HEALTH

Cost of health care on the rise

BY Michael Johnsen

WASHINGTON Workers on average are paying nearly $4,000 this year toward the cost of family health coverage — an increase of 14%, or $482, above what they paid last year, according to the benchmark "2010 Employer Health Benefits Survey" released Thursday by the Kaiser Family Foundation and the Health Research and Educational Trust.

The jump occurred even though the total premiums for family coverage, including what employers themselves contribute, rose a modest 3% to $13,770 on average in 2010, the survey found. In contrast, the amount employers contributed for family coverage did not increase.

 

Since 2005, workers’ contributions to premiums have gone up 47%, while overall premiums rose 27%, wages increased 18% and inflation rose 12%.

 

 

Many employers also are raising the annual deductibles workers must pay before their health plans begin to share most healthcare costs. A total of 27% of covered workers now face annual deductibles of at least $1,000, up from 22% in 2009, the survey found. Among small firms (three to 199 workers), 46% face such deductibles.

 

 

“With the economy struggling, businesses have been shifting more of the costs of health insurance to workers through premiums, deductibles and other cost-sharing,” Kaiser president and CEO Drew Altman stated. “This may be helping to stem the rapid rise in premiums that we saw in the early 2000s, but it also means employer coverage is less comprehensive. From a consumer perspective, the cost of health insurance just keeps going up faster than wages.”

 

 

“High out-of-pocket expenses and premiums affect healthcare decisions for patients," added Maulik Joshi, president of the Health Research and Educational Trust and SVP research at the American Hospital Association. "If premiums and costs continue to be shifted to consumers, households will face difficult choices, like forgoing needed care, or reexamining how they can best care for their families,”

 

 

The nation’s recession contributed to the shift in burden to workers. In response to the economic downturn, 30% of employers said they reduced the scope of health benefits or increased cost sharing, and 23% reported increasing the amount employees pay for coverage, the survey found.

 

 

Among other plan types, only such consumer-driven plans as a health savings account, which allows for the reimbursable purchase of over-the-counter medicines in addition to prescriptions and other healthcare services, saw growth in their market share. Such plans now enroll 13% of covered workers, up from 8% last year.

 

 

“Consumer-driven plans have clearly established a foothold in the employer market, tripling their market share from 4% in 2006 to 13% today,” said study lead author Gary Claxton, a Kaiser VP and director of the Healthcare Marketplace Project.

 

 

About three-fourths (74%) of employers offering health benefits offered at least one of the following wellness programs: weight-loss program; gym membership discounts or on-site exercise facilities; smoking-cessation program; personal health coaching; classes in nutrition or healthy living; Web-based resources for healthy living; or a wellness newsletter.

 

Also among firms offering coverage, 11% gave their employees the option of completing a health risk assessment to help employees identify potential health risks. Within this group, 22% (2% of all employers) offer such financial incentives as lowering the worker’s share of premiums or offering merchandise, gift cards, travel or cash to their workers. Large firms are more likely than small firms both to offer assessments and to offer financial incentives.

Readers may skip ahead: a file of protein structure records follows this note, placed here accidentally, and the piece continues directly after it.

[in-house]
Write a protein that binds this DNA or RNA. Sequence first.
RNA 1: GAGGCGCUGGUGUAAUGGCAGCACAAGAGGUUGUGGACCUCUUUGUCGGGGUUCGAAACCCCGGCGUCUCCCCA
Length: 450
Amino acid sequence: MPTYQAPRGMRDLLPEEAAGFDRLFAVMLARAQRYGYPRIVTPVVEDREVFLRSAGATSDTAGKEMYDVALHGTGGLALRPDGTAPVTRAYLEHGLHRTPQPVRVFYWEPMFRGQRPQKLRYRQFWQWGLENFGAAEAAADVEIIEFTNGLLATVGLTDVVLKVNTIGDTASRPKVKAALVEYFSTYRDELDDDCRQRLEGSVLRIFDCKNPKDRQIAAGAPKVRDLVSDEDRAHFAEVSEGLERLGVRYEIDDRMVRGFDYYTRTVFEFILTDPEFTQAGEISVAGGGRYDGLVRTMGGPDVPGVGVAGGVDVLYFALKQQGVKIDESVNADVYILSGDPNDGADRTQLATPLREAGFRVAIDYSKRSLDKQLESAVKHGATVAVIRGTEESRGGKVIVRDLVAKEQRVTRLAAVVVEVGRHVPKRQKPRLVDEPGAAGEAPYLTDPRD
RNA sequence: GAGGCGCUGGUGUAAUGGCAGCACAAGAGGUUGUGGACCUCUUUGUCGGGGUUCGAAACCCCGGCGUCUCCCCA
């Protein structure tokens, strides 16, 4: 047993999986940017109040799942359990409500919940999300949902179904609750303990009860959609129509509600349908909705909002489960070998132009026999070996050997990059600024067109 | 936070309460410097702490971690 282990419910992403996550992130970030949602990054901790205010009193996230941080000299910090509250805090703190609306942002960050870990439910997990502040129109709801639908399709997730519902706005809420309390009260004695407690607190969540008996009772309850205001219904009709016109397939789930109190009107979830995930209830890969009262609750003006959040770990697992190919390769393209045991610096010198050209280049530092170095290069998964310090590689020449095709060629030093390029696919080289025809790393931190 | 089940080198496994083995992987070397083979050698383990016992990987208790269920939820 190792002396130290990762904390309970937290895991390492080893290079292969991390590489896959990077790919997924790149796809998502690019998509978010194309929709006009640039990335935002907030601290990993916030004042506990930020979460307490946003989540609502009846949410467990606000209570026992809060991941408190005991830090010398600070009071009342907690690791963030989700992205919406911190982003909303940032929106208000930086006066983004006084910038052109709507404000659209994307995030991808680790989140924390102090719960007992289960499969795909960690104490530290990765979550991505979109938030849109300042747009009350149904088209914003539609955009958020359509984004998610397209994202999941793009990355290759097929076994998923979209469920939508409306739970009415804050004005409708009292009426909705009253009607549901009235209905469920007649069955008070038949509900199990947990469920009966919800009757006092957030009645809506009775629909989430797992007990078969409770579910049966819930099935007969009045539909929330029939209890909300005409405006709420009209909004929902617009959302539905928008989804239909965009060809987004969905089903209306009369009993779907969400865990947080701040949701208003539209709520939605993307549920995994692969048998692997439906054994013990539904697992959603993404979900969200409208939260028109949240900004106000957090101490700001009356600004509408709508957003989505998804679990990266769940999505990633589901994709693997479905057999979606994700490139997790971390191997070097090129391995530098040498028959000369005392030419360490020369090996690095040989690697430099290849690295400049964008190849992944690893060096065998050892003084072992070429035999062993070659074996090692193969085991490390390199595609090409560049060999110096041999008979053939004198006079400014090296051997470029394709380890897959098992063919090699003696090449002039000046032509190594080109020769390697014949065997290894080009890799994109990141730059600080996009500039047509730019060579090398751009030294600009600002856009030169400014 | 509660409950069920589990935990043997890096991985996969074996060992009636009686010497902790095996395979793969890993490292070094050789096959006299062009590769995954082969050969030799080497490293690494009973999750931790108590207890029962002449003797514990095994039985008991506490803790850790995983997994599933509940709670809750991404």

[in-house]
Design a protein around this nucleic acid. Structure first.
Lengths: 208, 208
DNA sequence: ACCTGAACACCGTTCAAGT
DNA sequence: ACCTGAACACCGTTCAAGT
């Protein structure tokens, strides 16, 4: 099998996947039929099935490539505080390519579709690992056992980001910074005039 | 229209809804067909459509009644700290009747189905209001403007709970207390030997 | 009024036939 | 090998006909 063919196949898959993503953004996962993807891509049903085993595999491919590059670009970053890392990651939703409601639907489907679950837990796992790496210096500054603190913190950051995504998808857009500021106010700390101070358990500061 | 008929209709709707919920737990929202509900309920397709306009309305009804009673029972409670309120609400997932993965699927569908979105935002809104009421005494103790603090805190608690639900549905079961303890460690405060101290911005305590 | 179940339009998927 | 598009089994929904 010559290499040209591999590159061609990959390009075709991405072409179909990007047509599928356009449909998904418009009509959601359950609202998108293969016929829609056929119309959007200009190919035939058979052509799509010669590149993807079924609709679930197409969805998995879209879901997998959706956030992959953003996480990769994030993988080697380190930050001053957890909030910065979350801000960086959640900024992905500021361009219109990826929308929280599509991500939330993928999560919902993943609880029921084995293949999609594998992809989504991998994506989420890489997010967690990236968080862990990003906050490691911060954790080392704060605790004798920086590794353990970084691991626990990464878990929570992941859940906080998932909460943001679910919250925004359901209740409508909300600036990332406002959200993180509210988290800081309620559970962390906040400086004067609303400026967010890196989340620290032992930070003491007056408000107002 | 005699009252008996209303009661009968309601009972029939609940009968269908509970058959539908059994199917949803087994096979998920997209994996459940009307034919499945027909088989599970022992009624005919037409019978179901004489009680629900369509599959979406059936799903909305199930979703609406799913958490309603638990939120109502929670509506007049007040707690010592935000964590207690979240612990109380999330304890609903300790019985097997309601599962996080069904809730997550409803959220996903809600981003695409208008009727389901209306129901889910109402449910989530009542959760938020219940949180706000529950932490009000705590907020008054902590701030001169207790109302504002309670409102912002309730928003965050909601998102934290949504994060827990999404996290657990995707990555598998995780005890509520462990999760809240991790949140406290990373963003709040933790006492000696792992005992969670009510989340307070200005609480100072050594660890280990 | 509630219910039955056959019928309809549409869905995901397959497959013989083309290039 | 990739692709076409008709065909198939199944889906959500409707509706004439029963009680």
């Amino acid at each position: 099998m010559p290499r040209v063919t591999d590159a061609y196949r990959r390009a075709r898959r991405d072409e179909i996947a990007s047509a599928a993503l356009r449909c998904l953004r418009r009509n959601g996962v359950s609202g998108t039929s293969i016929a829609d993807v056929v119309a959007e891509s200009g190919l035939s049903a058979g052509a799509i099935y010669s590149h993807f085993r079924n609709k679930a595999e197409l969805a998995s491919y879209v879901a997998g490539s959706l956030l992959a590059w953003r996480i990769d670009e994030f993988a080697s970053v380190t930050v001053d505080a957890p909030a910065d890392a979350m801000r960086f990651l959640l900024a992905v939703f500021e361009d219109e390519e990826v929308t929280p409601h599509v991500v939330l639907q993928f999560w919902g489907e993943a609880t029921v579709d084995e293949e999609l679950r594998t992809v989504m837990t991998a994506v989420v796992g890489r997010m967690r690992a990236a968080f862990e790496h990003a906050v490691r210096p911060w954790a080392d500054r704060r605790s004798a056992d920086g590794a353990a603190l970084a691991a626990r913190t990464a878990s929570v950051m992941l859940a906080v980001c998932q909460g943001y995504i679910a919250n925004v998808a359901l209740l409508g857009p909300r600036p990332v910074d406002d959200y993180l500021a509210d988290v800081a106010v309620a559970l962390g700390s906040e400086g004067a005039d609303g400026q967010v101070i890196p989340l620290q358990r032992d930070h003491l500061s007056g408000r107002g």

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FDA approves Sun’s generic Strattera

BY Allison Cerra

MUMBAI, India A generic drug maker has received regulatory approval for its version of an attention deficit hyperactivity disorder treatment.

Sun Pharmaceutical Industries’ subsidiary has received approval to market its generic version of Strattera (atomoxetine hydrochloride capsules), an ADHD drug for children ages 6 years and older, as well as teens and adults. Strattera is made and marketed by Eli Lilly.

Annual sales of branded and generic atomoxetine hydrochloride capsules are estimated to be more than $530 million.

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Weis Markets announces immunization offerings

BY Michael Johnsen

SUNBURY, Pa. Weis Markets on Tuesday announced it would begin offering flu shots in its in-store pharmacies starting this week. The shots will be administered by its trained and certified pharmacist immunizers through the company’s WeisCare Adult Immunization Services program.

“With our certified pharmacist immunizers, it has never been easier to get a flu shot in a Weis Markets’ store; walk-up immunizations are now available in our pharmacies, and we’re also offering our WeisCare Adult Immunization services to businesses and senior centers in the communities that we serve,” Jeff Maltese, Weis Markets’ VP pharmacy, stated.

The shots are available at Weis Markets’ 120 in-store pharmacies and are available to those 18 years of age and older. For most senior citizens, flu shots are covered by Medicare Part B and Part D. Every flu shot recipient also will receive a money-saving coupon booklet valued at $37, the grocer stated.

Weis Markets pharmacies also offer immunization services for pneumonia, shingles, meningitis, tetanus/diptheria/whooping cough and hepatitis A and B per state regulation.

Later in the fall, Weis Markets also will host 65 flu-shot clinics in its stores.

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